Frederic Fierstein’s Buddhist altar/shrine on Arch Street. A gift to the street, given without expectation of reward.
Ron doesn’t run Ron’s Mufflers anymore. Ron’s Berkeley Mufflers isn’t in Berkeley. But the muffler men out front – really special.
Bruce Dodd rescued and restored this giant orange from the San Joaquin Valley. A perfect artifact of old weird America. My favorite piece of Berkeley quirk.
People gasp when they drive by this display for the first time. They are huge. They are bright. And they are odd. Very odd.
With guidance from Keeyla Meadows and sculpture by Patrick Amiot, Randi Hermann has created a gorgeous, quirky front yard – double V’s, a big wolf, a mutt mailbox, and a chicken, all in exotic plantings.
A large and varied collection of pigs in farm tableaus and not.
Andreé Singer Thompson lives here. Her front yard is filled with images of ravens and melting sculpture. Only a few steps from the North Berkeley BART station.
Just a few minutes up Monterey from Monterey Market is a front yard filled with small figures, action and otherwise. Many of them. In action and not.
Mark Olilvier collects beach trash. He has visions of what it can be. And he builds it. Amazing. Not to be described or believed. To be visited.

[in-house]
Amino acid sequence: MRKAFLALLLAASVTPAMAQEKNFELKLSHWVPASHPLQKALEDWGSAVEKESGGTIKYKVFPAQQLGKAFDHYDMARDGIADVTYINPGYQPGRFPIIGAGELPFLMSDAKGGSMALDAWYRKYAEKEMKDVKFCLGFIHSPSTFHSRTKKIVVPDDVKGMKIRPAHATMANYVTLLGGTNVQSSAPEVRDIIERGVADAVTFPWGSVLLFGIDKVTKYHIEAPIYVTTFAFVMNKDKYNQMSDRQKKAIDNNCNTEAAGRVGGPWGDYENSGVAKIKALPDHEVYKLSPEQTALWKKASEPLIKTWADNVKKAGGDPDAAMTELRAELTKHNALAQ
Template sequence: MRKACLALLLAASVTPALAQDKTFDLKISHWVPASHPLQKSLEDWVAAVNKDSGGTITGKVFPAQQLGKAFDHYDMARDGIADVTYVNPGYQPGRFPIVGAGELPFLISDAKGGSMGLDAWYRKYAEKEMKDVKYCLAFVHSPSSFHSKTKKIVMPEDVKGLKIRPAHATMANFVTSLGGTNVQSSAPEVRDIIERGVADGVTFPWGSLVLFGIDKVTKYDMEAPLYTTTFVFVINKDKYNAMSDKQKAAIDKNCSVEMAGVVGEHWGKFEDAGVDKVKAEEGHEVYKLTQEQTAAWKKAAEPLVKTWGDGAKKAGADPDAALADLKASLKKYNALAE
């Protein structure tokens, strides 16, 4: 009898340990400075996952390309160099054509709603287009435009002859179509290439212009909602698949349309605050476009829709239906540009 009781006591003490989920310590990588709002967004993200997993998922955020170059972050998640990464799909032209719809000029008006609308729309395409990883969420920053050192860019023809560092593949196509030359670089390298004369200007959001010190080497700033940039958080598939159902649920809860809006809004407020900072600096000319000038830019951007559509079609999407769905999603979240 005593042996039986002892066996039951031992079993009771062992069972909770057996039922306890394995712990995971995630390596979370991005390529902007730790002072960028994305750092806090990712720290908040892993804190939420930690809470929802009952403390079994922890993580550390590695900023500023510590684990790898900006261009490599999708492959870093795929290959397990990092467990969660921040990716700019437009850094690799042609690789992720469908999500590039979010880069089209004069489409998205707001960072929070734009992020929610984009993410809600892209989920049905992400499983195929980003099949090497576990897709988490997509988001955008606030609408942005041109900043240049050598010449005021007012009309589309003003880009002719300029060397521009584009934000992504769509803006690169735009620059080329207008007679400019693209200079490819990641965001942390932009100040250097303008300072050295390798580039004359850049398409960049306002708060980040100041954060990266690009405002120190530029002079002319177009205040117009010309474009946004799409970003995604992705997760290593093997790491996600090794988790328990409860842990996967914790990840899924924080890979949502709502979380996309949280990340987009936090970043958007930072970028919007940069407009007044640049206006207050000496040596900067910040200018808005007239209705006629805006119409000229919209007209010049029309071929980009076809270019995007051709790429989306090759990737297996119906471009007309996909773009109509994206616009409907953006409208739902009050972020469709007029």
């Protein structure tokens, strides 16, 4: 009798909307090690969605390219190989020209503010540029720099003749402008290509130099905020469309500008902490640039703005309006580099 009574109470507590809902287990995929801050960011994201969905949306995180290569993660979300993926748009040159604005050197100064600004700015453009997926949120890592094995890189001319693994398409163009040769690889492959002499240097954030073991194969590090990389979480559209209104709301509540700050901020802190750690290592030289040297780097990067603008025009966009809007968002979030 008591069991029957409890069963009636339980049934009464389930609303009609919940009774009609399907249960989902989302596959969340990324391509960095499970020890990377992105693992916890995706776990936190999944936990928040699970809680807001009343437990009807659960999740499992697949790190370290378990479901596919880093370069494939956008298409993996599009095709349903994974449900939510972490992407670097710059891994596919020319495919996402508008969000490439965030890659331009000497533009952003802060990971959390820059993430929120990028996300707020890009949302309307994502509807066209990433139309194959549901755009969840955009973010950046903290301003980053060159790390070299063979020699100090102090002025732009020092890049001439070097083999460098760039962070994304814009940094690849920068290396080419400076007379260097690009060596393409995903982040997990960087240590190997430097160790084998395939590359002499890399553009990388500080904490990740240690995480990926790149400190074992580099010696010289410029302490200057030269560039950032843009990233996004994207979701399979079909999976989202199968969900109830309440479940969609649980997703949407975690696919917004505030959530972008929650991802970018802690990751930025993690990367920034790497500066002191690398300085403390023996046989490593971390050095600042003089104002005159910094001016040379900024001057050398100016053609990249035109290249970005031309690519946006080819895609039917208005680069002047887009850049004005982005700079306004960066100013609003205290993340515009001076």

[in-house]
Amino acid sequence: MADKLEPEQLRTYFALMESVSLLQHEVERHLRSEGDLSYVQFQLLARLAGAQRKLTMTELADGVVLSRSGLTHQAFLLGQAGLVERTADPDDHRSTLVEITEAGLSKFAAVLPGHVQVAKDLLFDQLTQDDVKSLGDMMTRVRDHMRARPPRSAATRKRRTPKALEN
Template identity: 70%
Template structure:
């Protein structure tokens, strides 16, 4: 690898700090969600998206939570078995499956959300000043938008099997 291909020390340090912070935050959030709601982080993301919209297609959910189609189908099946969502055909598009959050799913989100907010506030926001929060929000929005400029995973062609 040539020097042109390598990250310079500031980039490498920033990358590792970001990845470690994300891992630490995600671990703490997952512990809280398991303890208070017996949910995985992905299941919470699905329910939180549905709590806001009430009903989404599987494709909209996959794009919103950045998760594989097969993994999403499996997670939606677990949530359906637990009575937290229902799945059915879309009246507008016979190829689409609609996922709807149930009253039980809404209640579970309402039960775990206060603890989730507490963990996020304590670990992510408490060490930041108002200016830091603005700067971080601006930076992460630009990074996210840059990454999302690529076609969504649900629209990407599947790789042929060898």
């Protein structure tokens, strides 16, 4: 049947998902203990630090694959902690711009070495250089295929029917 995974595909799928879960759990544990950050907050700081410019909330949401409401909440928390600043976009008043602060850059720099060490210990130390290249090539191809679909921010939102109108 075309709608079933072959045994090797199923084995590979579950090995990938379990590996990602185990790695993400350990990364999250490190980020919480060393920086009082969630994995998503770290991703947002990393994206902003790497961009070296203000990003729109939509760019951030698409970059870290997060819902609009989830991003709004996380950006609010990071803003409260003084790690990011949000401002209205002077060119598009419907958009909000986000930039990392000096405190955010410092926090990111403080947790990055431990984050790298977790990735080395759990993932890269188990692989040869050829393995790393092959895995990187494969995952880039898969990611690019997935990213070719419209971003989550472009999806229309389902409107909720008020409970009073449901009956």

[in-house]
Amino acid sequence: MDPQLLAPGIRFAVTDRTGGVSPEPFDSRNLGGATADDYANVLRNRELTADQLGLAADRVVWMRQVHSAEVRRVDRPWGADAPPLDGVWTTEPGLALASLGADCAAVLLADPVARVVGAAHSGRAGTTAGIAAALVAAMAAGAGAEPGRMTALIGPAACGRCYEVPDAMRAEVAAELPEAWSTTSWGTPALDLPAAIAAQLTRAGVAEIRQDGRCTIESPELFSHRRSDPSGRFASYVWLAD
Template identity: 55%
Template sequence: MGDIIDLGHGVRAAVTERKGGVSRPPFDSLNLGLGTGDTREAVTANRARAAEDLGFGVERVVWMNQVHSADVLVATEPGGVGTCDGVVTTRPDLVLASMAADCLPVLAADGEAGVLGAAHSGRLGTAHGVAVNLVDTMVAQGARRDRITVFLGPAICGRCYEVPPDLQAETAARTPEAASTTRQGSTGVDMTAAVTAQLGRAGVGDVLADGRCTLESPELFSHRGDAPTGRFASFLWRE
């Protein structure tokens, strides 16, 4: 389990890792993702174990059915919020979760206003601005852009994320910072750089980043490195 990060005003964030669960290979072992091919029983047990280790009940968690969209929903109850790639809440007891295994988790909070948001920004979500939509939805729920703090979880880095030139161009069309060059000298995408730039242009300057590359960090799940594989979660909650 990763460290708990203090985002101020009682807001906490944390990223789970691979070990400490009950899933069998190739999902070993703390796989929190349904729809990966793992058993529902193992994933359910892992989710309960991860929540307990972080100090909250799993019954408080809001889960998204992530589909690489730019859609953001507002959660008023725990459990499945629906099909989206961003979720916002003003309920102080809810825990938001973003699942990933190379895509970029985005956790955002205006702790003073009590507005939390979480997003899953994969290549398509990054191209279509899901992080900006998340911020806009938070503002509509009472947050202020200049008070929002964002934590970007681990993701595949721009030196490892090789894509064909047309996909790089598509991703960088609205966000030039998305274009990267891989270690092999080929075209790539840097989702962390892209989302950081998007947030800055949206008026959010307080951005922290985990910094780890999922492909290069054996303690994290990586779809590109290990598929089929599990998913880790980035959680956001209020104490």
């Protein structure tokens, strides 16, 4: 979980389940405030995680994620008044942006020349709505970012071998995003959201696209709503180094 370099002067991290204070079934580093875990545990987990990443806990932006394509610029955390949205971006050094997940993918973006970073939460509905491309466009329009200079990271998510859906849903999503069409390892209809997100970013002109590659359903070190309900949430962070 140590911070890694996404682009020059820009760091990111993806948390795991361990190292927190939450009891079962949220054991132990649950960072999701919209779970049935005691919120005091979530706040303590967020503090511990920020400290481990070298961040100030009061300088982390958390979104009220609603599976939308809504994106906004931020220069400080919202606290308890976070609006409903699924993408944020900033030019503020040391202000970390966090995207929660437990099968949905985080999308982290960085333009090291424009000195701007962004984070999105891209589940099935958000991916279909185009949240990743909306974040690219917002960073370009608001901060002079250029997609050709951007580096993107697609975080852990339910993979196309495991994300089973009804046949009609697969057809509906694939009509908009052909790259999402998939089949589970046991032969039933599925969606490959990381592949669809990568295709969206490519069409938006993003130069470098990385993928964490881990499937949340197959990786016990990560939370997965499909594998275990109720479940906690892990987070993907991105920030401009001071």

Karl Wanaselja and Cate Leger designed a work/live space, multiple units, using recycled highway signs and siding. And Volvo lift gates as a gate. Bonus photos of their home on McGree.
The sculpture and signs in front of Huncilman’s house on Fifth Street are an outward and physical manifestation of an inward and spiritual quirkiness. As in – very quirk!
It’s a tardigrade, not a fish. But that doesn’t matter. This is the crown jewel of quirky architecture in Berkeley.
Sculpture and whirligigs and an airplane seemingly crashed into the roof. Something for everyone.
Dachshund sculpture. Lots of it. And a Doggie Diner head in the driveway.
Leaflets and posters and newspaper articles and signs and hand-written screeds. Lots of opinions.
A master gardener and a sculptor. What a combination! Exotic. Lush. Whimsical. Magical. Quirky. Inspiring.